Raiders must use 2019 NFL draft, free agency to overhaul wide receiver corps

CINCINNATI -- The Raiders started 2018 with an excellent receiver corps. On paper, anyway.

Amari Cooper was the No. 1 guy. Jordy Nelson added experience, leadership and just maybe more speed than people thought. Martavis Bryant was going to stretch the field. Ryan Switzer would be an ideal slot man. Seth Roberts was available in reserve.

Then the season began, and the whole thing fell apart.

Raiders coach Jon Gruden quickly grew tired of Switzer and shipped him to Pittsburgh. Bryant was cut before the regular season and then brought back, but he never got into the flow of Gruden’s offense.

Cooper controversially was traded to Dallas. Nelson’s knee got bruised.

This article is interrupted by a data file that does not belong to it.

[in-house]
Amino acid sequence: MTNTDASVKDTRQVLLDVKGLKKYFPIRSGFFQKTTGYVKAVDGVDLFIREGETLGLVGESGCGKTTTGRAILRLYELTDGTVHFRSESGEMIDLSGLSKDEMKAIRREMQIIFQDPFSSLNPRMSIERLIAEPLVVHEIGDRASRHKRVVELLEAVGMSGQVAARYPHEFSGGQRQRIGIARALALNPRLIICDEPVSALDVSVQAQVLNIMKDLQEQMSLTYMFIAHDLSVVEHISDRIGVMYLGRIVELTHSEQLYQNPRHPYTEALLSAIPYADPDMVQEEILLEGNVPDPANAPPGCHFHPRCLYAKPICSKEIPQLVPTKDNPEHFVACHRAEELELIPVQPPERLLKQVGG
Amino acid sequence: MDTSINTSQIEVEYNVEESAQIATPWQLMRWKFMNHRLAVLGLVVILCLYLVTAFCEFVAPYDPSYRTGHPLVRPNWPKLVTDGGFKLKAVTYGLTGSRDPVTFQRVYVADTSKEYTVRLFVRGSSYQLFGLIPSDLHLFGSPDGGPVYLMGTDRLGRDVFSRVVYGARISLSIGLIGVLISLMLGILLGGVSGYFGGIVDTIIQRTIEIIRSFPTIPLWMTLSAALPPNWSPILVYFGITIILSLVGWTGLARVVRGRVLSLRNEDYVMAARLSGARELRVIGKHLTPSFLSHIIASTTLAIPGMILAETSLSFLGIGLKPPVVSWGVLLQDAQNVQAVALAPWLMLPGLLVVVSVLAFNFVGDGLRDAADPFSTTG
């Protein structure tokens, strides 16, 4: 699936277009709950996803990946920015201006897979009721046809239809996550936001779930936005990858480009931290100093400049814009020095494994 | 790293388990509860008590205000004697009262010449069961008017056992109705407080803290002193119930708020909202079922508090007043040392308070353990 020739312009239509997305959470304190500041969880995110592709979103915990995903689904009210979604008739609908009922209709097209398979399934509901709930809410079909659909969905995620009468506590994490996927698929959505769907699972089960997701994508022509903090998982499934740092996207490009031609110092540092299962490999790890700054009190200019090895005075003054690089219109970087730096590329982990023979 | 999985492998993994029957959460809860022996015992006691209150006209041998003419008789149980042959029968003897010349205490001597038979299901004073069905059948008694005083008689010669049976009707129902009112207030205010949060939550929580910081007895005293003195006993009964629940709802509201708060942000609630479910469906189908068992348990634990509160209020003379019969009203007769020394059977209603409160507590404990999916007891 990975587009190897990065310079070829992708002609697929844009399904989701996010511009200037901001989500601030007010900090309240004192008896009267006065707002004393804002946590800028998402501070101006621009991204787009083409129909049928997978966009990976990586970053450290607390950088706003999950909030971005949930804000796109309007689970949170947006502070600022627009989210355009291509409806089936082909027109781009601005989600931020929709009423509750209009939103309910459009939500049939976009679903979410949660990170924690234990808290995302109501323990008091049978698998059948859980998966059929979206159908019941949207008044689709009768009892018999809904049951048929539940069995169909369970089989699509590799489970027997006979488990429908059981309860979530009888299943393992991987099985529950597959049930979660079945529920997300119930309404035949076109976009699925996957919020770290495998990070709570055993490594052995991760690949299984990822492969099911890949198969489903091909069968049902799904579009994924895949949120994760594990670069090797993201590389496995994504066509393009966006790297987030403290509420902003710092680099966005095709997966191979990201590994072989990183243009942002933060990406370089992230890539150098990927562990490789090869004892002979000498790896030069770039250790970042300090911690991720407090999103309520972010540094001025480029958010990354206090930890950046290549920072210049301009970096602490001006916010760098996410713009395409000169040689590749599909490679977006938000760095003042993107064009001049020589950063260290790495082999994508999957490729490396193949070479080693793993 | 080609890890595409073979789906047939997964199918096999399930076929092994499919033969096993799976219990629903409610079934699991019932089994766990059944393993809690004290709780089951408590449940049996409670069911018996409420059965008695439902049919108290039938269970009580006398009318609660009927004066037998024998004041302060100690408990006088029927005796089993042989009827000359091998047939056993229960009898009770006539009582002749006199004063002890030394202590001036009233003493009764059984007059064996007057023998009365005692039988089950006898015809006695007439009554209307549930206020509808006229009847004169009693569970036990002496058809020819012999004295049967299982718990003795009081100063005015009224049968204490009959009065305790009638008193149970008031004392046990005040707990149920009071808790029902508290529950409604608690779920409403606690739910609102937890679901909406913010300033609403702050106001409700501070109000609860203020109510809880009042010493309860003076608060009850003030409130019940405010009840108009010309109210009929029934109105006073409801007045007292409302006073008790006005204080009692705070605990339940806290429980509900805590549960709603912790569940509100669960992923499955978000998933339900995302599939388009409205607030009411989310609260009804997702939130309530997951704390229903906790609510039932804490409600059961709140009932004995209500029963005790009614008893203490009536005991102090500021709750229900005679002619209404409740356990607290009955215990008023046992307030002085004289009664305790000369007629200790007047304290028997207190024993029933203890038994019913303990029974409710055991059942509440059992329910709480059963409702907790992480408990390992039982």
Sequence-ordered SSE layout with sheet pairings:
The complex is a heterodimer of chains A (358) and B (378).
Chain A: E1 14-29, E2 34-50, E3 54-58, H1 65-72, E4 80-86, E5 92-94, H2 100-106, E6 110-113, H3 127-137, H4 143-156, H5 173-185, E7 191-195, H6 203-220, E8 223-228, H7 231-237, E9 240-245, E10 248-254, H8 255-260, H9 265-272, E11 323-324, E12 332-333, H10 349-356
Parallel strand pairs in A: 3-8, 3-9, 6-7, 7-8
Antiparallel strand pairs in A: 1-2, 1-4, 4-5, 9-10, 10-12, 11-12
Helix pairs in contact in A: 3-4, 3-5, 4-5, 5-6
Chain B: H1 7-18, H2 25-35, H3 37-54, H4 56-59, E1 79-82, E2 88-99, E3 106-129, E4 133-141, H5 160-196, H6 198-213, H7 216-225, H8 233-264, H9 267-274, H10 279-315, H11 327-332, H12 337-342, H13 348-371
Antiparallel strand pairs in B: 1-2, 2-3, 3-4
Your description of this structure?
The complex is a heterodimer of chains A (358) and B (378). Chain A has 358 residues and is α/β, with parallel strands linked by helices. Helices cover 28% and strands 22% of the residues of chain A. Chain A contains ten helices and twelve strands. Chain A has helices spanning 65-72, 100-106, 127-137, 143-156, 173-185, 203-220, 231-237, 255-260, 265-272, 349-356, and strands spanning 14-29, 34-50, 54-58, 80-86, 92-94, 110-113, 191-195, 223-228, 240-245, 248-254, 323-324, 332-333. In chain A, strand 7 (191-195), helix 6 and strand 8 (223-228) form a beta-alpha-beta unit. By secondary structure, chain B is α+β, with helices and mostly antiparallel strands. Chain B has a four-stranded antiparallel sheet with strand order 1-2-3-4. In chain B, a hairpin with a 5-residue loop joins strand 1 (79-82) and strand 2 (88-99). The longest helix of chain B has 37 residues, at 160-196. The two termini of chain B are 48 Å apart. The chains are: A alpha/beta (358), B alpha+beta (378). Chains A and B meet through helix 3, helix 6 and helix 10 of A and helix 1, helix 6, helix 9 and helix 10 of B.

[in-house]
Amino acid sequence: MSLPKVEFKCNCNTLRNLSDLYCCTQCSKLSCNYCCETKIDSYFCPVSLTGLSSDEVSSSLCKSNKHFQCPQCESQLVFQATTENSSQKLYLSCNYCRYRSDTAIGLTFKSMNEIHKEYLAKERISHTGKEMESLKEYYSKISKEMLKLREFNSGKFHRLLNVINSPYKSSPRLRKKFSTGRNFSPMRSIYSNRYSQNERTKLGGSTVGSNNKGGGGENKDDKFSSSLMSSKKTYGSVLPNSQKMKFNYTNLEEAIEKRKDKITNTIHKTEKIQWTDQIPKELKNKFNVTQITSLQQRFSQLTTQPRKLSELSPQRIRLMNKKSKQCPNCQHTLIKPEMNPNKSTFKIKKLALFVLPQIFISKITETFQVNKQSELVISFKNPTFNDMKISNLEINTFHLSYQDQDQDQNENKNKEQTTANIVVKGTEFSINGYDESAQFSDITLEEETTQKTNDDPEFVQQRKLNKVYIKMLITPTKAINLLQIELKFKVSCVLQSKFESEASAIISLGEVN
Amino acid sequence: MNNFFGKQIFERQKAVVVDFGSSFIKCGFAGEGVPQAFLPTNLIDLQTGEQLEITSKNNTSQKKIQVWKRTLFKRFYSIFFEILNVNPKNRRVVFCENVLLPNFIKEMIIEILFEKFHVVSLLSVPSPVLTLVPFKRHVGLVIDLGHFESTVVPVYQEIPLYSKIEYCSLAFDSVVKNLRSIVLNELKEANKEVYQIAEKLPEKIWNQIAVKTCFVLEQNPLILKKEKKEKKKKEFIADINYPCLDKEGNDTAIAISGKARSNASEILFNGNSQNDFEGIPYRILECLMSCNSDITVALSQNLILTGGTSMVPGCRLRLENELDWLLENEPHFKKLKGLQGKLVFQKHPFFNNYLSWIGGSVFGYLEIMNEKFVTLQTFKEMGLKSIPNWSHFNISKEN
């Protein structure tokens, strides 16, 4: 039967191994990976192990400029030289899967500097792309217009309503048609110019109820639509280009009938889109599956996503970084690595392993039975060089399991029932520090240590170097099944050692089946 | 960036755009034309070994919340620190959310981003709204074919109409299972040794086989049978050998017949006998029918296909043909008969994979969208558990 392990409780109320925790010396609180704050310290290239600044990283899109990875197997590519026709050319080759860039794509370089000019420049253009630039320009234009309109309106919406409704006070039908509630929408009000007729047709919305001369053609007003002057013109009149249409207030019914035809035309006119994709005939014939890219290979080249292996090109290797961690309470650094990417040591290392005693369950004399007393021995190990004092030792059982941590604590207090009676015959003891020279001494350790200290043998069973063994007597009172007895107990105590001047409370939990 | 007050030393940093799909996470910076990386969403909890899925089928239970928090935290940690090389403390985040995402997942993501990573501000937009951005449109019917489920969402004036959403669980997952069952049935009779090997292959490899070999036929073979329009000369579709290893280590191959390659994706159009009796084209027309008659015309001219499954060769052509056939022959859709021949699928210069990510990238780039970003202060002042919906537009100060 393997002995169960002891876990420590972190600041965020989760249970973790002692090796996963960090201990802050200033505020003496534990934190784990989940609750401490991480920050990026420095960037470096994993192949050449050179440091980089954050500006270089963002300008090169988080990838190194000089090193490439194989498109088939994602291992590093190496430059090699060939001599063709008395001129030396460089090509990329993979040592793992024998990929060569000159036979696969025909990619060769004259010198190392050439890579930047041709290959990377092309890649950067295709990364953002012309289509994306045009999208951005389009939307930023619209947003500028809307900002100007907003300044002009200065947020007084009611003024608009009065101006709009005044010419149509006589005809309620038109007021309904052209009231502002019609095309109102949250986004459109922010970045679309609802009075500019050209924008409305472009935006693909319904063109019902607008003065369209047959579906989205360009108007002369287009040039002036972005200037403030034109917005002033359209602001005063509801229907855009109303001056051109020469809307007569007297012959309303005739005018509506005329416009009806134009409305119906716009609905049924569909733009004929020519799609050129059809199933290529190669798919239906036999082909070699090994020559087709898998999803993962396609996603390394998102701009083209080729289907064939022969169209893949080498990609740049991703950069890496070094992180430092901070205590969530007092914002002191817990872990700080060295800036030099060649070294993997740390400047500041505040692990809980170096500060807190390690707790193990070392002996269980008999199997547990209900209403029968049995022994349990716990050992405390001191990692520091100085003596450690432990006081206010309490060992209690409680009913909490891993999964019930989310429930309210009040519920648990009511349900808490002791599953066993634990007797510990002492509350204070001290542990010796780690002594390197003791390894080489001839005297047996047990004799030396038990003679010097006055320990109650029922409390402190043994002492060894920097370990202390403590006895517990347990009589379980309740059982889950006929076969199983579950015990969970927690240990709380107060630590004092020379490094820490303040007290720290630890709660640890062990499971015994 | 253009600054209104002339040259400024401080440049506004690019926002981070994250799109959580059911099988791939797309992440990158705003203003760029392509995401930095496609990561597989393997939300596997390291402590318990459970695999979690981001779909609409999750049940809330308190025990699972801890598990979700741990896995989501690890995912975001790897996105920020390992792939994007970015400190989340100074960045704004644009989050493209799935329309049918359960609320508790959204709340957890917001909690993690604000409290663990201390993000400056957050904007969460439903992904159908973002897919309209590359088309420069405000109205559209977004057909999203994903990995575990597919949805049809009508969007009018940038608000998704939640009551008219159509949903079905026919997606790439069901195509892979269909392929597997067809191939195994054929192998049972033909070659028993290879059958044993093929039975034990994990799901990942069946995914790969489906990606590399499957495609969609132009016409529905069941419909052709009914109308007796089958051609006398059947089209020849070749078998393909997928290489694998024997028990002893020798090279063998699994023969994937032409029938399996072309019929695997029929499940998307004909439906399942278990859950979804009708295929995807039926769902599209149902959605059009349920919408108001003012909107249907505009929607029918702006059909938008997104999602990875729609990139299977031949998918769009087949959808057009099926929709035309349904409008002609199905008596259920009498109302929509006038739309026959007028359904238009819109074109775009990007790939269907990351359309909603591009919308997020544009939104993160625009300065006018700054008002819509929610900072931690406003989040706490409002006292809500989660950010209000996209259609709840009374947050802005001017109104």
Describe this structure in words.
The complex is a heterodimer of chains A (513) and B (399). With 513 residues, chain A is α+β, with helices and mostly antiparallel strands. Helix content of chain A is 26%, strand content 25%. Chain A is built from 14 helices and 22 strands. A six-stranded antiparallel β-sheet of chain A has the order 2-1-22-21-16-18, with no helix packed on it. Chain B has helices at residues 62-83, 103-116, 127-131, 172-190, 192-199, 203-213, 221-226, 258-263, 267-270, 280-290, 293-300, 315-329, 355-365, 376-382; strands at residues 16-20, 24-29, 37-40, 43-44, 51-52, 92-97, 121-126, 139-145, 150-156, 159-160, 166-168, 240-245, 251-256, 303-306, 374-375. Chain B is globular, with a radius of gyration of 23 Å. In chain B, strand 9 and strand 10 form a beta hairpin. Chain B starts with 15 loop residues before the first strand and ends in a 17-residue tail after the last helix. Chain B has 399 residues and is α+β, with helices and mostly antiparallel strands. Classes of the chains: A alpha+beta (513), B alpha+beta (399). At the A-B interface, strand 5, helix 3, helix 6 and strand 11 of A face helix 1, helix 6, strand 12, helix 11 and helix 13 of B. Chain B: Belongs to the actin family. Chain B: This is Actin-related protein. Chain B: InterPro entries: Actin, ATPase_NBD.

The Raiders scrambled to fill spots, with weapons constantly rotating in and out around quarterback Derek Carr.

Gruden isn’t attached to any receiver still on the roster, meaning a complete reconstruction could be in store. They certainly need a new No. 1 receiver, and some help at most positions as the Raiders try to improve Carr’s supporting cast.

This offense can be dynamic with Gruden and Carr working well together, especially with weapons on the outside and in the slot.

Players likely to stay in 2019

Marcell Ateman: The seventh-round draft pick has had some big moments since being forced into action after the Amari Cooper trade. He hasn’t been great, and has a ton to learn about how to function in Gruden’s system, but there’s potential there. The Oklahoma State alum could be a productive red-zone target and someone who can make plays without blazing speed.